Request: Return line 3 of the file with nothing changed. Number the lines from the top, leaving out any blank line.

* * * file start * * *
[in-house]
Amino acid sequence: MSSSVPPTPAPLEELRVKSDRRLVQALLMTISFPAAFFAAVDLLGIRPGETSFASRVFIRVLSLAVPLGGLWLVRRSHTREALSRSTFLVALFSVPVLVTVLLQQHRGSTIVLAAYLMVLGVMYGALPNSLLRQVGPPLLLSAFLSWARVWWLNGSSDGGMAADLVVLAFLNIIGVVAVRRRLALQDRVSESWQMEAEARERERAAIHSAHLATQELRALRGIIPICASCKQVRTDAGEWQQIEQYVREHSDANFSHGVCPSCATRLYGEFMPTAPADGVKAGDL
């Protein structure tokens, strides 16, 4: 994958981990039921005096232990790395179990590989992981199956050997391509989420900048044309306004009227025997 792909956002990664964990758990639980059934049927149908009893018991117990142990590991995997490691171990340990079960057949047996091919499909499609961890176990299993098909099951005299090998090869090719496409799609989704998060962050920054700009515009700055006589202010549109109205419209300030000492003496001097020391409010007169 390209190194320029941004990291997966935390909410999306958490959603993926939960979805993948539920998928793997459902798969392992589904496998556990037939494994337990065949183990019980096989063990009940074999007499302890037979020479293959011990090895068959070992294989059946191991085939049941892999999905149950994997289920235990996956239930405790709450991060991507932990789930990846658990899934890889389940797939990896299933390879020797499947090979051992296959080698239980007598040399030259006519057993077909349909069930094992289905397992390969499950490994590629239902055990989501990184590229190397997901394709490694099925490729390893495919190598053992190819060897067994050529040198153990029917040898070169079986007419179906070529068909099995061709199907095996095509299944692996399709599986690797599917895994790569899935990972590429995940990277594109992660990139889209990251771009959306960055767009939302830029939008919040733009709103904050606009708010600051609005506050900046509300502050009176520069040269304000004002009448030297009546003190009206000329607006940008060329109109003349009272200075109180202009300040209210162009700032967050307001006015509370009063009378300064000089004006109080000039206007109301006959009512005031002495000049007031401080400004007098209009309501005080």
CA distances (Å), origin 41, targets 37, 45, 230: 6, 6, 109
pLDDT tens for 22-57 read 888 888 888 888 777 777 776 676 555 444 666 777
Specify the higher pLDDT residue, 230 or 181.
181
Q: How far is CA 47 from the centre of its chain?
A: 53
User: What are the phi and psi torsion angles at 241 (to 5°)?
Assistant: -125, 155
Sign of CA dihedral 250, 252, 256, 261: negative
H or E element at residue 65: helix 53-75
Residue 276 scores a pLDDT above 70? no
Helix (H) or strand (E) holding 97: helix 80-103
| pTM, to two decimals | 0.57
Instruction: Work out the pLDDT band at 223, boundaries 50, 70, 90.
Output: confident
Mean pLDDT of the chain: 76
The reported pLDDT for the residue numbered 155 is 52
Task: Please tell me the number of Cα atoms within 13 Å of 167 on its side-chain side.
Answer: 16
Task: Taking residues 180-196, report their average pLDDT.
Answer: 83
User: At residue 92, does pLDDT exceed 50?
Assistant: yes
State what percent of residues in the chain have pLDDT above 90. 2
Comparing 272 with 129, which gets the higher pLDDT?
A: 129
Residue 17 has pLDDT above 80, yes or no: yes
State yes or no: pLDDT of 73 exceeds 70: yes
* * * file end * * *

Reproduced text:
């Protein structure tokens, strides 16, 4: 994958981990039921005096232990790395179990590989992981199956050997391509989420900048044309306004009227025997 792909956002990664964990758990639980059934049927149908009893018991117990142990590991995997490691171990340990079960057949047996091919499909499609961890176990299993098909099951005299090998090869090719496409799609989704998060962050920054700009515009700055006589202010549109109205419209300030000492003496001097020391409010007169 390209190194320029941004990291997966935390909410999306958490959603993926939960979805993948539920998928793997459902798969392992589904496998556990037939494994337990065949183990019980096989063990009940074999007499302890037979020479293959011990090895068959070992294989059946191991085939049941892999999905149950994997289920235990996956239930405790709450991060991507932990789930990846658990899934890889389940797939990896299933390879020797499947090979051992296959080698239980007598040399030259006519057993077909349909069930094992289905397992390969499950490994590629239902055990989501990184590229190397997901394709490694099925490729390893495919190598053992190819060897067994050529040198153990029917040898070169079986007419179906070529068909099995061709199907095996095509299944692996399709599986690797599917895994790569899935990972590429995940990277594109992660990139889209990251771009959306960055767009939302830029939008919040733009709103904050606009708010600051609005506050900046509300502050009176520069040269304000004002009448030297009546003190009206000329607006940008060329109109003349009272200075109180202009300040209210162009700032967050307001006015509370009063009378300064000089004006109080000039206007109301006959009512005031002495000049007031401080400004007098209009309501005080």